Connect With Us

Add Hypebot To Circleson

Enter your email address:

Delivered by FeedBurner

• TUNE MTT RADIO
SEARCH
« we7 remembers war heroes with charity donation for each streaming of the tribute track | Main | Bottle Up & Go! »
Friday
Nov062009

The Difference Between You & an American Idol 

I speak to musicians everyday who desperatley want to become famous, sell millions of records and pack arenas. Once in awhile I have a chance to chat with entertainers who have been to the mountain top only to look down at how far they had to fall. The space in between is reserved for those who live a “normal” life, but I’ve always been curious to know what it feels like after the crowd has stopped cheering and the units stop selling. I got my wish at CMJ 2009.

One panel in particular called, “Idol Views From Two Music Nation Leaders: USA and Sweden”, shed light on the life of American Idol finalists and their decent from fame. I normally wouldn’t have attended such a popcorn event, but after a brief conversation with Season 2 sensation, Kimberley Locke, I couldn’t help but to follow her into the 9th floor board room where the panel was to take place. When I arrived, I was shocked to discover that the audience only slightly out numbered the panelists .The mood was akward at first, but the hour long discussion proved to be intimate and extremly valuable.

DSC02548
left to right: Locke, Bronson, DeGarmo & Lindstrom

Kimberly was joined by Season 3 finalist, Diana DeGarmo, whom I had only recognized by face, and the winner of the Swedish version Idol, Daniel Lindstrom. The moderator, American journalist, author and writer, Fred Bronson did an excellent job to uncover the joys and pains of these three musicians, and what implications their journey had on the aspiring artist in the room. Here are a few highlights from the discussion:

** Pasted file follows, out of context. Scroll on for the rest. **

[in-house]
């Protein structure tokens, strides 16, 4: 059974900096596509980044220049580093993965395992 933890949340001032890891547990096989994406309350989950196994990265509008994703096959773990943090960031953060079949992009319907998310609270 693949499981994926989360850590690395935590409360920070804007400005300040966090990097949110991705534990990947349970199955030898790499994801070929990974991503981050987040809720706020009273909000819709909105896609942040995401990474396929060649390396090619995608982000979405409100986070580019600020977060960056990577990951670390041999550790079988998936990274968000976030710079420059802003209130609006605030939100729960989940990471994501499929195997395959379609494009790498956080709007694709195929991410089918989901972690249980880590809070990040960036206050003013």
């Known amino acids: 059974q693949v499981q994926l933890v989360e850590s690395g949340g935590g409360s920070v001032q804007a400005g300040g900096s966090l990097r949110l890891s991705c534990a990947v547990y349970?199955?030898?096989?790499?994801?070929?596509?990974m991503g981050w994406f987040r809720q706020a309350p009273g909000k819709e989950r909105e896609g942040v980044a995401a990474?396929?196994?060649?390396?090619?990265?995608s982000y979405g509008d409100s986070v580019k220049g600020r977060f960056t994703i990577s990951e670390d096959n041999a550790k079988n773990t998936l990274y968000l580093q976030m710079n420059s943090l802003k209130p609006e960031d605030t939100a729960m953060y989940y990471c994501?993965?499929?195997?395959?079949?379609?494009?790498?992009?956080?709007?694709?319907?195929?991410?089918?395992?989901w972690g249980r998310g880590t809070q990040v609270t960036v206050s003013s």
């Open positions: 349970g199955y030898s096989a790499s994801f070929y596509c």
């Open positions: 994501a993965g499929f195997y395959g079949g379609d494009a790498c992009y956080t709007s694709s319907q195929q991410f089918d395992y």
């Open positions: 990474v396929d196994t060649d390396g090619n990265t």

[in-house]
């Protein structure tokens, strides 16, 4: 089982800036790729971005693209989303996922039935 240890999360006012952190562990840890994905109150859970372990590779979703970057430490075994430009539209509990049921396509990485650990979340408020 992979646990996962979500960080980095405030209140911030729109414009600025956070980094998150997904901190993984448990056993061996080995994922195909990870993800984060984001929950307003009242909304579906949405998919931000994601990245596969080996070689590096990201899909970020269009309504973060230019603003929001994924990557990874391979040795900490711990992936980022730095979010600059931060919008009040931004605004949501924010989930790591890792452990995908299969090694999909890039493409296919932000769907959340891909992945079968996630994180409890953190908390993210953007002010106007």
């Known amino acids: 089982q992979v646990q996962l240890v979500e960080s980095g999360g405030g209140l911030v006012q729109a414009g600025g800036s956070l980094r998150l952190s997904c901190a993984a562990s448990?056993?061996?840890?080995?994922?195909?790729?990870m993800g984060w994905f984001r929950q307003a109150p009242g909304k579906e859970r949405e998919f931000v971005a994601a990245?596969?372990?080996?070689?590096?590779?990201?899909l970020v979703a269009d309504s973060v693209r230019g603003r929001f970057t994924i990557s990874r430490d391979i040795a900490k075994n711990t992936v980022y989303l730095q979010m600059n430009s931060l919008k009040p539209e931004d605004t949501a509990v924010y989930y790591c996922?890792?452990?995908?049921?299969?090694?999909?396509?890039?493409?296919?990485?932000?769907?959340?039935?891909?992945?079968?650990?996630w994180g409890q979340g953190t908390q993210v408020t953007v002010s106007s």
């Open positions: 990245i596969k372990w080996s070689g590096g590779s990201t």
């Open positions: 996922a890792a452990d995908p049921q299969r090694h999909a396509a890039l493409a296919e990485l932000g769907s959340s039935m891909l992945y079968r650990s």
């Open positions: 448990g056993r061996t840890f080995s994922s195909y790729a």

What was the experience like on American Idol?

Daniel Lindstrom: It was an eye opener. I had a picture of what (the music business) would be like. I thought it was all about the music, but it not. It’s all about the money.

Diana DeGarmo: It was like roller coaster ride without brakes.You learn that (American Idol) is a business before anything else.

Kimberley Locke: (Amercian Idol) was like “Entertainment Boot Camp 101”. You learn how to give an interview, give a sound byte, and how to deal with your fans. If you dont have a record deal once the show is over, you are on your own.

How is life after Idol?

Diana DeGarmo: I came out of the show signed to RCA. I released (Blue Sky) on Dec 7th of 2004. It wasnt a bad album, just not the right album. They tried to put me in a box with Avril Lavenge, but I wanted to make Country music.